Take the 2-minute tour ×
Stack Overflow is a question and answer site for professional and enthusiast programmers. It's 100% free, no registration required.


image = Image.open('foo.png')
# releases the GIL?
resized = image.resize((800, 600), Image.ANTIALIAS)
# reacquires the GIL?

Obviously the variable assignment needs to hold the GIL, but it's difficult to break that up into two lines. :)

If there are two threads doing image resizes, can those resizes run on two different cores?

share|improve this question

2 Answers 2

up vote 2 down vote accepted

Looking at the source of 1.1.7, it doesn't appear to release the GIL for _resize.

The functions that release the GIL seem to be:

PyImaging_CreateWindowWin32 (createwindow on Win32)
PyImaging_EventLoopWin32 (eventloop on Win32)
pyCMSdoTransform (apply)
_buildTransform (buildTransform)
_buildProofTransform (buildProofTransform)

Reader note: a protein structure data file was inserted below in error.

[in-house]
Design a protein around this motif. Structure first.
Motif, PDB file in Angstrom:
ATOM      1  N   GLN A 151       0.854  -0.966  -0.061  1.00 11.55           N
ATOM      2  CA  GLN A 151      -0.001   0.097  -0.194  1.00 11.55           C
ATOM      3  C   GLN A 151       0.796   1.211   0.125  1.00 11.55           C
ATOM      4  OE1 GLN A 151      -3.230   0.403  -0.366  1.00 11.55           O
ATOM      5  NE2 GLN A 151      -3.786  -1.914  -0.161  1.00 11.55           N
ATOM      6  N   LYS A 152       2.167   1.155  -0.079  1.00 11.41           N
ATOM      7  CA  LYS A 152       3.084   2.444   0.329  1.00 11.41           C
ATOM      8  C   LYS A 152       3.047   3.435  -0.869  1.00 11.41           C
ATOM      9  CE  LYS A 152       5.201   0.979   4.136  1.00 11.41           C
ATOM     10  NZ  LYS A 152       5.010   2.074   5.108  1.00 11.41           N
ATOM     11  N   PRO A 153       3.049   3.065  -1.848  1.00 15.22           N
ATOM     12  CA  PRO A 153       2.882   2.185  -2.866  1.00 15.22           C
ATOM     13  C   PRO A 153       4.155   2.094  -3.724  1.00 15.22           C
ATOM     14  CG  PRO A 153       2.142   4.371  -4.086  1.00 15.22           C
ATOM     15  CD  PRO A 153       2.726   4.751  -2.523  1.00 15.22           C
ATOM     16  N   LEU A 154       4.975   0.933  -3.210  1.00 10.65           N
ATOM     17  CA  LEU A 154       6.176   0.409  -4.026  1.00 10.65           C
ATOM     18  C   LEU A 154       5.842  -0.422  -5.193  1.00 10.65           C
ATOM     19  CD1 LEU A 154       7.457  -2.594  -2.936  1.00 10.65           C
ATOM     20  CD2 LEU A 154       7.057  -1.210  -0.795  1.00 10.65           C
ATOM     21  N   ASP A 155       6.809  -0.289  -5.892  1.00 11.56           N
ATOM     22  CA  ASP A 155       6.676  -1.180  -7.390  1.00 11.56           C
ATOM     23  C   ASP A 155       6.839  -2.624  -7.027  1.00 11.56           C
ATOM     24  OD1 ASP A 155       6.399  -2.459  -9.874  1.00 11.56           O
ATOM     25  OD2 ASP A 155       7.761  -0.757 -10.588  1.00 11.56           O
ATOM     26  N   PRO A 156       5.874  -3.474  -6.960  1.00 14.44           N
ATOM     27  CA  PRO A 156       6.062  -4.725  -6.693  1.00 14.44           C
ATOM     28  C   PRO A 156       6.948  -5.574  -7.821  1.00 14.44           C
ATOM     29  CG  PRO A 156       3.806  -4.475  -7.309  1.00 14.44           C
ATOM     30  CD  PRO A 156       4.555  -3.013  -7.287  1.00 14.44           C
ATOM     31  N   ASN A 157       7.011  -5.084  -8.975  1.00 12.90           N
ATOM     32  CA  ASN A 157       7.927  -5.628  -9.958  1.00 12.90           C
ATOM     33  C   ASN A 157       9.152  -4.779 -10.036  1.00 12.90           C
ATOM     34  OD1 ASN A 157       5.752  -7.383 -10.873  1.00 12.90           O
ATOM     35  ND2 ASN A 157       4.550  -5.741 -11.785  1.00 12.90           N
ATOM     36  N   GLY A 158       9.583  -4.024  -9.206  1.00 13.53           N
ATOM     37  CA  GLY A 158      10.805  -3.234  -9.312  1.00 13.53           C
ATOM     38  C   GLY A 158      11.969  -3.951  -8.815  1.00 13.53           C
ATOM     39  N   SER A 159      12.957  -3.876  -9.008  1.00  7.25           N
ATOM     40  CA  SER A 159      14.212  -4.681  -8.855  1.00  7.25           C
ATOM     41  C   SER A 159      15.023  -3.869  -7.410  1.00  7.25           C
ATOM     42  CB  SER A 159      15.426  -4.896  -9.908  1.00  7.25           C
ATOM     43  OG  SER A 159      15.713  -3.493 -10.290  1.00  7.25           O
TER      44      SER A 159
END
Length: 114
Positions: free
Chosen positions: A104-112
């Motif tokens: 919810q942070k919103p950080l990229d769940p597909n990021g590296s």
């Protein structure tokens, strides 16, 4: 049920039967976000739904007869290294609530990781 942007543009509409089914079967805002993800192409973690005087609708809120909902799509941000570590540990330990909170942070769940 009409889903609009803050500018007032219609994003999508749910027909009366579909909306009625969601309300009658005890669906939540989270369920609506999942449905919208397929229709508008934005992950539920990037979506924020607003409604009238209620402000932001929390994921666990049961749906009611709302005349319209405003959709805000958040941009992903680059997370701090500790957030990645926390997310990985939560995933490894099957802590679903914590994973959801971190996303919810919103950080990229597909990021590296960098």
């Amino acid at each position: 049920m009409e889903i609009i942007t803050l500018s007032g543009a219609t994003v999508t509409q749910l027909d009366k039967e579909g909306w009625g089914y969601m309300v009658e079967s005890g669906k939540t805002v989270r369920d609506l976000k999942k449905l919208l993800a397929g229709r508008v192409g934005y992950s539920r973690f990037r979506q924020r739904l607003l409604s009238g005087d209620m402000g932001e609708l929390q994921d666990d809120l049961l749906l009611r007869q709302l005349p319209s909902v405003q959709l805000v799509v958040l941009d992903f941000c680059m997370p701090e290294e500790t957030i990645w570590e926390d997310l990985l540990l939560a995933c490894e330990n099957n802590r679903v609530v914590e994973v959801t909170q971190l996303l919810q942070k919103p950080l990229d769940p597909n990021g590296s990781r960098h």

_encode_to_file (encode_to_file)
share|improve this answer
The GIL can also be released by the PyEval_SaveThread() call, which is called by ImagingSectionEnter(), which is called in dozens of places. So the GIL does seem to be released pretty aggressively. (Though apparently not during image load.) –  Lawrence Kesteloot May 9 at 23:35

From the Python wiki on the GIL:

Note that potentially blocking or long-running operations, such as I/O, image processing, and NumPy number crunching, happen outside the GIL. Therefore it is only in multithreaded programs that spend a lot of time inside the GIL, interpreting CPython bytecode, that the GIL becomes a bottleneck.

PIL uses C extensions to do most of its heavy lifting. So the actual image resizing should take advantage of multi-threads if applicable.

If you are asking about resizing multiple images concurrently, I recommend looking into using Python's native multiprocessing library. This should achieve the desired effect of using multiple cores.

share|improve this answer
gevent doesn't let you use multiple cores. –  r3m0t Nov 6 '12 at 1:19
Just because C extensions are allowed to release the GIL, that doesn't mean that they always do. The extension developer has to explicitly call Py_BEGIN_ALLOW_THREADS. docs.python.org/2/c-api/… –  bobpoekert Nov 6 '12 at 1:48

Your Answer


By posting your answer, you agree to the privacy policy and terms of service.

Not the answer you're looking for? Browse other questions tagged or ask your own question.